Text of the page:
A Few Notes for People Who Have Never Been to the Opera and Think It's Not For Them
Photo credit: Alastair Muir
I recently attended the San Francisco Opera's Carmen, and absolutely loved it. But before I get into why, let me just tell you about a conversation I have at least once before every time I go to an opera.
Friend: Hey, do you want to [play sport/do karaoke/come to a thing] tomorrow?
Me: I can't -- I'm going to the opera!
Friend: Really? Why?
Me: Because it's weird and amazing and awesome!
Friend: I've never been to the opera. It's not for me.
This bothers me for a number of reasons. First of all - if you've never been, how do you know it's not for you?
"I've heard opera music, and I don't like it."
Well, so here's the thing: hearing it over a speaker and hearing it live -- getting chills through your whole body and asking yourself how it's possible for another human to produce a sound like that -- are completely different.
Here's the other thing: typically, when you hear opera music, it's without translations. The music is still impressive and beautiful. But when you see it live, not only can you feel it resonating in your own lungs -- you can also read the subtitles. (Yes, the theaters have subtitles.)
Opera lyrics can be a lot of things -- touching. Beautiful. Crass. Sneaky. Sexy. And, sadly, I'm sure a lot of the intricacies are lost in translation. But every time I see an opera, there is are dozens of lines that makes me laugh, smirk or say, "Wow -- I need to remember that for later."
The second thing that bothers me about hearing, "I've never been -- it's not for me," is... aren't you at least curious?
As a play expert, I've spent a lot of time studying the psychology of adult playfulness. In general, there are four types of sensation seeking behavior: thrill and adventure seeking; experience seeking; boredom avoidance; and disinhibition.
Of these, thrill and adventure seeking and experience seeking are the healthiest and make us feel the most alive. They bring us joy and excitement. (Boredom avoidance and disinhibition are a little less ideal, and are more likely to bring us relief than joy.)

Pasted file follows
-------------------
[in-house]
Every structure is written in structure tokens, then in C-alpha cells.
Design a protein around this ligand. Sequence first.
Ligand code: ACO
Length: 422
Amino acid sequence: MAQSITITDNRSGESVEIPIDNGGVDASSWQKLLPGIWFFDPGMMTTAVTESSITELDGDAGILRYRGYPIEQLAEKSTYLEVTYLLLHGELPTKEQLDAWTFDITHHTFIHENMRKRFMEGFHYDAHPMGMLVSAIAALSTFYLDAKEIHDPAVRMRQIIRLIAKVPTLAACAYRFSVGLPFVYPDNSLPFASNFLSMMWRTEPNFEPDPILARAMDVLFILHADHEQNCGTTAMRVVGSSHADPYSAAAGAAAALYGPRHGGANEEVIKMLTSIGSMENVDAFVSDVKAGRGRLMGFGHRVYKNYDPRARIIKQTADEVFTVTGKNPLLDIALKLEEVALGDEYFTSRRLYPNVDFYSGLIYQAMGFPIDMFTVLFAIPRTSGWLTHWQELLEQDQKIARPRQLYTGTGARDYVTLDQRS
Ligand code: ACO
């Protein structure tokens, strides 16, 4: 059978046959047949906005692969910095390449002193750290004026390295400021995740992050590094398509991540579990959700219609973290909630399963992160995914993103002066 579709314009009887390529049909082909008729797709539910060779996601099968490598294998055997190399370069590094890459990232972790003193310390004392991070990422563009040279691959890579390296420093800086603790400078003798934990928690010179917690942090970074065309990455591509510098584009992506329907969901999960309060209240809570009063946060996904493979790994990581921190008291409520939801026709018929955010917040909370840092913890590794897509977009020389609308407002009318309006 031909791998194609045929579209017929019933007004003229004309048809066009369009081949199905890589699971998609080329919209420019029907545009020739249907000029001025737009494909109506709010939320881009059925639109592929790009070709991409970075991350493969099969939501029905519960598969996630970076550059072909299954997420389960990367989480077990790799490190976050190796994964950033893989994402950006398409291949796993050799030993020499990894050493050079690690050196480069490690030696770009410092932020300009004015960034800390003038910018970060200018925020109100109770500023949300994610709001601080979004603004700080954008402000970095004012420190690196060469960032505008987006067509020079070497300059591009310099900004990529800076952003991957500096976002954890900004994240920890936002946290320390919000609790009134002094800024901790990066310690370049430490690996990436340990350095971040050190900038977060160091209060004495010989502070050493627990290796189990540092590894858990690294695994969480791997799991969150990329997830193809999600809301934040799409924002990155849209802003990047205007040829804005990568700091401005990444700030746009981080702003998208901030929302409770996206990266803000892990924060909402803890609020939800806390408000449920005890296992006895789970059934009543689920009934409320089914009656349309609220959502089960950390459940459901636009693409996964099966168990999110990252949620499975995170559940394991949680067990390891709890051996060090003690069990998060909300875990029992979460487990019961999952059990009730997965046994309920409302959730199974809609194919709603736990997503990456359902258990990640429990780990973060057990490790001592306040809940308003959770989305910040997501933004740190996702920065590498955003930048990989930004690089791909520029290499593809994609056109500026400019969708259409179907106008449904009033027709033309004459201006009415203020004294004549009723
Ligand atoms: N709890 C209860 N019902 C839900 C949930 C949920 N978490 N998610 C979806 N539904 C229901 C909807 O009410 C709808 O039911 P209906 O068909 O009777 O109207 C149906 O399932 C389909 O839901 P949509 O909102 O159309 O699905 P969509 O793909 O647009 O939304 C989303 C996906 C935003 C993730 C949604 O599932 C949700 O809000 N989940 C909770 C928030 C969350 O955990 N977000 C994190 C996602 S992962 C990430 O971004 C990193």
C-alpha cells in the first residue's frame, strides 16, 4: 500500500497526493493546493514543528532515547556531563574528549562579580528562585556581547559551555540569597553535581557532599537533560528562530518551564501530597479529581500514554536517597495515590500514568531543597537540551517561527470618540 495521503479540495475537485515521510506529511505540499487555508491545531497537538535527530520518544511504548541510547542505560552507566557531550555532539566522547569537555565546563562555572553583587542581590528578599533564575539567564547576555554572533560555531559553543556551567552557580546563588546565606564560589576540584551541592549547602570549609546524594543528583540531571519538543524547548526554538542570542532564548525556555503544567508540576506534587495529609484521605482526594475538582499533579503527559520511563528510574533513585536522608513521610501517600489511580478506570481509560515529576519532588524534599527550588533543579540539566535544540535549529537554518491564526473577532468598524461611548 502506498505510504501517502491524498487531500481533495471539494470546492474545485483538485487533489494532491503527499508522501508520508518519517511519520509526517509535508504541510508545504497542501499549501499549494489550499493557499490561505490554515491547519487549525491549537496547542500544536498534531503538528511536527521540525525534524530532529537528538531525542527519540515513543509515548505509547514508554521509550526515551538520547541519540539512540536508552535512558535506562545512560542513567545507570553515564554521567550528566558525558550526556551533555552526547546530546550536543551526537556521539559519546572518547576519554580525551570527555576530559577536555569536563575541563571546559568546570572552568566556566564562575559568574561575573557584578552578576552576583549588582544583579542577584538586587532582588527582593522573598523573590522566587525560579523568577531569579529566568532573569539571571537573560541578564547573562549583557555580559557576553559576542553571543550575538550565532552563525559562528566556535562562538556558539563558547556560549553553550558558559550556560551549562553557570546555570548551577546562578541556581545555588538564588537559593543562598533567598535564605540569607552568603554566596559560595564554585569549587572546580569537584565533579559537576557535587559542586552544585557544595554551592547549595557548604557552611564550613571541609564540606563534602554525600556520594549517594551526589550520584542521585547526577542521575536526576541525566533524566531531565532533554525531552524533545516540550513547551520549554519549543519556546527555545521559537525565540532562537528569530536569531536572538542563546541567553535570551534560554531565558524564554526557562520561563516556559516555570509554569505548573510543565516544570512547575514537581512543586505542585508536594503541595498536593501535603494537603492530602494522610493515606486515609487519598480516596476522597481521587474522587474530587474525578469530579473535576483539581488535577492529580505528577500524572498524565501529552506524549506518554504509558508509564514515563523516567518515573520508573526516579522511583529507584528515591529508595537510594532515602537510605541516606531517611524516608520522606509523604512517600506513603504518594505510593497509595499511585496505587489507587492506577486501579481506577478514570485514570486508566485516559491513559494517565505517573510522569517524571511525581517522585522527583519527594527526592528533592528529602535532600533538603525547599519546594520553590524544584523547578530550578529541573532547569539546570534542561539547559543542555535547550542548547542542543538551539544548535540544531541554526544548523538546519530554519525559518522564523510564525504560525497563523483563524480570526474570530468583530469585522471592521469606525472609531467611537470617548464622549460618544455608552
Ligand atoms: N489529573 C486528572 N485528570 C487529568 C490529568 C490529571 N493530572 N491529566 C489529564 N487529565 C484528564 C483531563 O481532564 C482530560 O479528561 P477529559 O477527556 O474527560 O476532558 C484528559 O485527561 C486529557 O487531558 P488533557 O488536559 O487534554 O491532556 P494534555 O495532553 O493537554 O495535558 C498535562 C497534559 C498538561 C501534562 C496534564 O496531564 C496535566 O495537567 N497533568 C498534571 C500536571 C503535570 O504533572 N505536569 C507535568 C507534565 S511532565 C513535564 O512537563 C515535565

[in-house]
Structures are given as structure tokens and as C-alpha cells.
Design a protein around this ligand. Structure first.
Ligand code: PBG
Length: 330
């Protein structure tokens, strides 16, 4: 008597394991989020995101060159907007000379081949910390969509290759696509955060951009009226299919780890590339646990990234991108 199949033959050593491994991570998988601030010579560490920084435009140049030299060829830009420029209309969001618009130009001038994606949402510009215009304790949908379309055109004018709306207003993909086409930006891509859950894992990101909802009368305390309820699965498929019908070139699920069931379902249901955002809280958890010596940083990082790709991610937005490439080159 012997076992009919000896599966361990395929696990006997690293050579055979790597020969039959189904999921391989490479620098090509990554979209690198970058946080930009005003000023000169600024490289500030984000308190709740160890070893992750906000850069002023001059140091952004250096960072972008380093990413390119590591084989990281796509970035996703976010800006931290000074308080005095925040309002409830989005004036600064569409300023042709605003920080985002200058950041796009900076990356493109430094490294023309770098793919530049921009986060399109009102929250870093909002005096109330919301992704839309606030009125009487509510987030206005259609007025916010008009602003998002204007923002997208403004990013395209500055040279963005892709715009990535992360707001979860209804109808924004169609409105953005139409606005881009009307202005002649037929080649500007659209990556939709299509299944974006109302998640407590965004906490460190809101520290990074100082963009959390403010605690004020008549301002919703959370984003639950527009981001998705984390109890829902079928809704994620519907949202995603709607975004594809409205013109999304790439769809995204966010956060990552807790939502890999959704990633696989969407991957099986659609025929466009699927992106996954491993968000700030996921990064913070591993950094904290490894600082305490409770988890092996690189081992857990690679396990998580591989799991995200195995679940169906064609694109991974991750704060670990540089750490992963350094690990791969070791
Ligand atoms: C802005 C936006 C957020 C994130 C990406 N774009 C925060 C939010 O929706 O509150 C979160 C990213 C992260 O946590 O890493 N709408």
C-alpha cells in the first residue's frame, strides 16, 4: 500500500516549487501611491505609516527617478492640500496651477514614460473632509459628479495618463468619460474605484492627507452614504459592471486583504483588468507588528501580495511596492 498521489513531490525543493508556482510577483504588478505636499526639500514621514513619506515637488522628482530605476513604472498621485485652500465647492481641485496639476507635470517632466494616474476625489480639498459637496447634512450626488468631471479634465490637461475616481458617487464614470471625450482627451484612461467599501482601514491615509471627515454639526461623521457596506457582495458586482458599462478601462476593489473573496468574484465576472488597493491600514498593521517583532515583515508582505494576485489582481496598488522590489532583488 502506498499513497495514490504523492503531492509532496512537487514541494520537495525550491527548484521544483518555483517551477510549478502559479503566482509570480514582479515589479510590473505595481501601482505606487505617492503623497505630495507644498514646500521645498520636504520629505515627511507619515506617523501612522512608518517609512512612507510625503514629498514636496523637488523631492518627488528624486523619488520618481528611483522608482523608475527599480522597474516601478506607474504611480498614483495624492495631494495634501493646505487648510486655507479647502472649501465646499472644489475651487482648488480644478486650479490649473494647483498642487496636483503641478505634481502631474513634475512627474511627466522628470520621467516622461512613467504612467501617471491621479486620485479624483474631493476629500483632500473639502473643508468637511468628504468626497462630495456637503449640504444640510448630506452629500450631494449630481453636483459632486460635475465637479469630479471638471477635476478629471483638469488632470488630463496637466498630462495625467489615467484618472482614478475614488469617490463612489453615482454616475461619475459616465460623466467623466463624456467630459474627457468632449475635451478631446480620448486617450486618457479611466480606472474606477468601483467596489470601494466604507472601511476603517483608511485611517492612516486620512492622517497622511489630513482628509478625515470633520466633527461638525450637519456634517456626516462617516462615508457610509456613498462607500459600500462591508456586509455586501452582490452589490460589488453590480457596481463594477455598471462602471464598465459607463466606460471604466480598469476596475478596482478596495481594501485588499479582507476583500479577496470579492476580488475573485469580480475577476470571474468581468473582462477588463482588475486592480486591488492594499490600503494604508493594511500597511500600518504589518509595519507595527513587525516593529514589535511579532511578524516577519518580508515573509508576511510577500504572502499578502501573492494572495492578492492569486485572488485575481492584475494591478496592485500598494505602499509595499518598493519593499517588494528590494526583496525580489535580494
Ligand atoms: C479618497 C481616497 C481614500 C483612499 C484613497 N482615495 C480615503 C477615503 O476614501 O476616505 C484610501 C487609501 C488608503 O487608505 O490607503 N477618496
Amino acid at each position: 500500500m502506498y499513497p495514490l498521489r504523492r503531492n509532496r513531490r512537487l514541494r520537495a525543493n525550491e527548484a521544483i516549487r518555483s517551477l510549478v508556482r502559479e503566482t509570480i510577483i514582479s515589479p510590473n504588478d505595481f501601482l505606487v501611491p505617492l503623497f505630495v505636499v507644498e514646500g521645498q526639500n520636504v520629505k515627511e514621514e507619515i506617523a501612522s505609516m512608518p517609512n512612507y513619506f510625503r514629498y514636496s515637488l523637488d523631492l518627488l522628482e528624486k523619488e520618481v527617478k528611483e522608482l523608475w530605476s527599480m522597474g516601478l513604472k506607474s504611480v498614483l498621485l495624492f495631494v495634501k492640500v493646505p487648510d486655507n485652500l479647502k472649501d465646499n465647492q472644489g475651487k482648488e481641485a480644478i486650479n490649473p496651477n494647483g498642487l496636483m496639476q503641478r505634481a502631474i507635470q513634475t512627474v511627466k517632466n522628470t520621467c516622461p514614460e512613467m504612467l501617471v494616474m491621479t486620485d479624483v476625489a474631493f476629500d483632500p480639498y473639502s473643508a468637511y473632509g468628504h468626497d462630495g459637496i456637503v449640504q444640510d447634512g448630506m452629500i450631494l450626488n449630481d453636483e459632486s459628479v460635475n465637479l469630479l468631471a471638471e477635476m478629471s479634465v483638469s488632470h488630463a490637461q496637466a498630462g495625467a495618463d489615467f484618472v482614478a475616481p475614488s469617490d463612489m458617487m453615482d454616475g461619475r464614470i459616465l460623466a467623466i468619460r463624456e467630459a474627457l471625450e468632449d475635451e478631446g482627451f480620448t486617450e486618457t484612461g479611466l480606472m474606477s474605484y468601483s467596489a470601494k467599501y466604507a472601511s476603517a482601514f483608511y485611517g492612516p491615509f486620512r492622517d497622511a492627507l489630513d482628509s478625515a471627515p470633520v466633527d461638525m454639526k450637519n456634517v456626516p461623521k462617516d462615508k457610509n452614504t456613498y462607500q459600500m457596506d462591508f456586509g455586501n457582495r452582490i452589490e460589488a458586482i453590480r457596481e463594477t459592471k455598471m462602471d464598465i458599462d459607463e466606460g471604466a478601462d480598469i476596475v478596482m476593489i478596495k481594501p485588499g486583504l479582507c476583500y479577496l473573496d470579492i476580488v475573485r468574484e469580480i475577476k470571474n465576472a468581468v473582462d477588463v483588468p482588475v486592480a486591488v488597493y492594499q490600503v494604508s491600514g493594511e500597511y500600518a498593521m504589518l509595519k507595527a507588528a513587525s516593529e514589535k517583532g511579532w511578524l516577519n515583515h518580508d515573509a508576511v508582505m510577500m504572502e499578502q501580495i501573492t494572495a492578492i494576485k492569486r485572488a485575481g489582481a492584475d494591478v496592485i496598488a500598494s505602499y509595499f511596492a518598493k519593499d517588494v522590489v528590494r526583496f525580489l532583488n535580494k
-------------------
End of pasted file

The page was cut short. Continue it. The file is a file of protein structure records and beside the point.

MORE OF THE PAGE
Curiosity is what drives playfulness. And playfulness is what makes us happy, creative people.
So it always makes me sad to hear people aren't even a little curious.
Like, can't you force yourself to be curious? Because probably, you're not actually "not curious." You're probably just comfortable and complacent. (Read more about the human instinct for idleness.)
Now, I'm going to make a confession: before my first opera, I didn't think opera was for me, either. The only reason I went is because a family I love had an extra ticket and invited me to go with them.
I went because I wanted to spend time with them -- plus, I'd never seen an opera, and it was for free, so why not?
But I had an unexpectedly amazing time! It was so cool to compare my expectations to the reality -- and, as a lifelong fan of musical theater, it was fun to compare and contrast these two art forms.
I found myself thinking back on the experience every few weeks or so... and eventually, I began craving another opera.
My first, by the way, was also Carmen -- though it was a traditional interpretation, unlike the current production, which is very modern, overt... and naked.
And Carmen might be the best possible opera for first-timers. When Bizet wrote it, his goal was to make it accessible to common folk like me. It was supposed to be catchy and broadly appealing, and people were supposed to be humming it to themselves when they left the theater.
This was definitely the case for me.
For this reason, Carmen is one of the most referenced operas. Trust me: you have heard these songs before.
You've heard the sultry and seductive "Habanera" in Pixar's Up; you've heard it in Family Guy. You've heard it in Meet the Parents, Doctor Who, Alvin and the Chipmunks, Archer and Glee. (And, of course, Looney Toons.)